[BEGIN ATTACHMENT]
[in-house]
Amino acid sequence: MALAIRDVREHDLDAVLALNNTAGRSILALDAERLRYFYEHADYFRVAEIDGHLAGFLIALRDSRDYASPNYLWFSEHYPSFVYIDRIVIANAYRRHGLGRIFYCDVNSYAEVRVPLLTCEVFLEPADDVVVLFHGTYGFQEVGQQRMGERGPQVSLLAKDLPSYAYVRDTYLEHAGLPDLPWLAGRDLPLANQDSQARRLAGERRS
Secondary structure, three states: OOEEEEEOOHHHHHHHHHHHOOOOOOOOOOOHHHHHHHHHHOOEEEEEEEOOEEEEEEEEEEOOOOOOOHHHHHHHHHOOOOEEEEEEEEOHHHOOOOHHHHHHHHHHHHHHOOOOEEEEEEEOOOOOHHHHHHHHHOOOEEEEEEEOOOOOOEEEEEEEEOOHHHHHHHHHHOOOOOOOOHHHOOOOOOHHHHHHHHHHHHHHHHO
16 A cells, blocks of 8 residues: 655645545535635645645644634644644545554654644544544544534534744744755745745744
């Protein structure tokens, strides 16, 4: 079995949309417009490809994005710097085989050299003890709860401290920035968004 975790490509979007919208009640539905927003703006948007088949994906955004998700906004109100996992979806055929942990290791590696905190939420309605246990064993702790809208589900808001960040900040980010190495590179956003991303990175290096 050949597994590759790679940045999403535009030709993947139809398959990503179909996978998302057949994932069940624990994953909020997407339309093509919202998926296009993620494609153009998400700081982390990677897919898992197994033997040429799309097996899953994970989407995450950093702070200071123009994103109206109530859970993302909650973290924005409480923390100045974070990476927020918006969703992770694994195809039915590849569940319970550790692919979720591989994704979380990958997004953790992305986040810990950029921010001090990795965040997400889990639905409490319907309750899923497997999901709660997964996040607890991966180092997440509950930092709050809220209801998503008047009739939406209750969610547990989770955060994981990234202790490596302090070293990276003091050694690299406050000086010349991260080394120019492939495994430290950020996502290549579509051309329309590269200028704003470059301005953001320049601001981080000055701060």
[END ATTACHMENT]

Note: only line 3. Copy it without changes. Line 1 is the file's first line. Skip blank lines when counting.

Secondary structure, three states: OOEEEEEOOHHHHHHHHHHHOOOOOOOOOOOHHHHHHHHHHOOEEEEEEEOOEEEEEEEEEEOOOOOOOHHHHHHHHHOOOOEEEEEEEEOHHHOOOOHHHHHHHHHHHHHHOOOOEEEEEEEOOOOOHHHHHHHHHOOOEEEEEEEOOOOOOEEEEEEEEOOHHHHHHHHHHOOOOOOOOHHHOOOOOOHHHHHHHHHHHHHHHHO